Justice (Northern Ireland) Bill [Lords]

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Mr. Trimble: The Minister says that the bodies should consider arrangements. What arrangements, and how will they be taken into consideration? I refer again to the Bar Council and the Law Society, each of which makes only one appointment. What arrangements could be made with regard to those two bodies?

Mr. Spellar: Those bodies might undertake collective consideration or communicate with each other about whether, consistent with principles of appointment on merit, they can also achieve reflectiveness in the commission. I am not saying that this would be the outcome, but I am sure that the right hon. Gentleman concedes that it would be undesirable if the commission was completely unreflective of the community in Northern Ireland.

Mr. Trimble: I thank the Minister for giving way again, because I want to probe his thinking further. He says that the bodies might communicate with each other. How will they do that and what will they say? Will there be an arrangement such as that which pertains between the Law Society and the Bar, where they get together and the Law Society says, ''We'll appoint a woman solicitor if you appoint a male barrister.''? Is that the arrangement that the Minister is thinking of? If there was an arrangement of that nature, each body would individually be guilty of discrimination, because it would be making an appointment on the ground of gender. Those bodies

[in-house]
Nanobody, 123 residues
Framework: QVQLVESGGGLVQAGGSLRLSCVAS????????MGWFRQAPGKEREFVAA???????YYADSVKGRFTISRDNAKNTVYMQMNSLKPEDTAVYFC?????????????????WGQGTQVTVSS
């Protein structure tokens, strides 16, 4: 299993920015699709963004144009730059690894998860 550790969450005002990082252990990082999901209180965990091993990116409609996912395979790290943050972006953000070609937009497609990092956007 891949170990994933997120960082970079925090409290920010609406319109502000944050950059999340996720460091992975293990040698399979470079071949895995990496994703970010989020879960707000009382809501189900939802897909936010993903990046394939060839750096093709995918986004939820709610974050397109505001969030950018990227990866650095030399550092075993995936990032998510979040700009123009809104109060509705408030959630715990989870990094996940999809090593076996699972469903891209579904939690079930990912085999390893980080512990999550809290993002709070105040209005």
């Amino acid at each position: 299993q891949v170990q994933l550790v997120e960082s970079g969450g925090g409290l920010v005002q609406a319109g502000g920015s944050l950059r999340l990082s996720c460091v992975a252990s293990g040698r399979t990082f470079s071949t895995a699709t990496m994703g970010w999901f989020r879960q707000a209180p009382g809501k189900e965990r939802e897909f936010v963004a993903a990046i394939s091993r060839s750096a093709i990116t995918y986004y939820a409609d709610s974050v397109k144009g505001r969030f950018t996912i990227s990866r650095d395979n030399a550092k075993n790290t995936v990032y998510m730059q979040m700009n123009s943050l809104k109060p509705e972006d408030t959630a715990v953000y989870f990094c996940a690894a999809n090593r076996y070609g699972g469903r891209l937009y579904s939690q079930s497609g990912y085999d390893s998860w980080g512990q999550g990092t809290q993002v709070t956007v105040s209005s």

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will make only the one appointment. I ask the Minister again: what arrangements will there be and how will they be legal?

Mr. Spellar: Again, from the point of view of the commission, and lawfully trying to achieve a reflective commission, I keep coming back to whether the right hon. Gentleman thinks it would be desirable to have a completely unreflective commission. In the same way, we may consider the parallel between the laws of chance and the laws of probability.